Back in February, I spoke with a friend who told me that she was struggling with the dating scene. She felt as if she was hanging around the same people over and over again. She wanted to meet someone new. I didn’t have a whole lot of sympathy for her situation, and merely suggested, “If you are always fishing in the same pond, you are always going to be catching the same fish.” Period. End of story. She chuckled as she clearly knew what I meant, but I wasn’t sure that she was inspired to go find any new ponds in which to fish. She was very comfortable in her current pond. She knew what to expect out of her current pond. It was predictable and safe. Going to find new ponds would take her outside of her comfort zone. It might induce a bit of anxiety to visit a new pond. For many people, it’s human nature to avoid making ourselves uncomfortable and pushing outside of our comfort zones.
I told this friend that no one said fishing in new ponds was going to be easy. Some may not be stocked with the kind of fish she wants. Others will be full of great fish! The challenge is that she will never know which situation she will encounter if she doesn’t at least try fishing in a new pond. The old adage, “nothing ventured, nothing gained,” makes all the sense in the world.
I was out with a different set of friends a few weeks ago when talk turned to dates – the good, the bad and the ugly, and as the conversation went around it turns out that two of the women had gone out with the same guy. Kind of awkward! Talk about the need to find some new ponds! Nobody wants to someone else’s “catch and release!” These friends told me that there weren’t enough ponds in our area. They tell me that I have access to lots of different ponds because I work outside the home, I travel for business, and I am involved in several community associations. They tell me that since they are stay-at-home moms or since they have “jobs” and not “careers” that they don’t have access to the same number of ponds. I call bull on that! We all have multiple ponds within our own little bubbles. We just have to think about it, let go of what’s comfortable, grab our rod and reel, and head out!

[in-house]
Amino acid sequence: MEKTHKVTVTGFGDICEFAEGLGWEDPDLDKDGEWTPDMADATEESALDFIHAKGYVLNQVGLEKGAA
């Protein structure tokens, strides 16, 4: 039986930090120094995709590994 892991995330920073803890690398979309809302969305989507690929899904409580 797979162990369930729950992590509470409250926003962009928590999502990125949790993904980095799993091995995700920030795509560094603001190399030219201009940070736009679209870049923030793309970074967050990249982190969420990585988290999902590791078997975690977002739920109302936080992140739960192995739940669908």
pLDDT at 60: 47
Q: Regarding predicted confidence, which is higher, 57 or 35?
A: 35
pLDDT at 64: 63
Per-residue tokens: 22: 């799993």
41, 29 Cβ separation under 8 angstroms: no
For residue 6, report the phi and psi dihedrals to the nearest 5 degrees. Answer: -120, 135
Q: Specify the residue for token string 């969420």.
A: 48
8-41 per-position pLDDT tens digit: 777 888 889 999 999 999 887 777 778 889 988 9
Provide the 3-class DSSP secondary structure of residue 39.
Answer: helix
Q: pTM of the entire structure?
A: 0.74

Instead of always fishing in the “work” pond, or the “Friday-night bar-scene” pond, switch it up and also fish in the “volunteer at the animal shelter” pond or the “local community college digital photography course” pond every now and then. Ask others what has worked for them. Step outside of your comfort zone and try new things. You have heard this before, but have you done anything about it? Have you really tried it and given it your best effort? Or, did you try one “different” pond outside of your usual routine, have a really bad time, and then decide never to do that again? Intellectually, we all know this makes sense, but putting it into action can often be tougher. Great dates aren’t just going to show up on your front porch. You have to be visible to let people know you are available. You have to be out there meeting people – and meeting new people – to stand a chance of catching new fish.
I also think it helps if you go in with the attitude that you are just fishing for fun, and not with expectations that you are going to catch the biggest fish ever and win the whole fishing tournament! Too much pressure! I think the fish can pick up on that vibe from a mile away. It’s like one of those sparkly, spinning lures that are supposed to attract fish, when really the fish are smart enough to realize what it is. Those fish wait for the natural bait to come along, and then they get hooked!
While I’m using this fishing analogy, here is one other thought: you also have to know when to cut bait and move on. I talk with too many women who continue to date someone even though they know “he isn’t the one” and “there is no future.” How are you going to catch new fish if your line is already in use? Cut bait, rehook your line, and head back to the pond again.
By the way, my friend did visit a new pond. She didn’t jump in the boat and row right into the middle to drop her line in the water. She merely approached, stood off to the side, and looked around the pond. She didn’t even come prepared with her fishing rod. You know what? She caught a keeper…and that’s no fish tale!
What’s your fish tale? Did you have success in a new pond?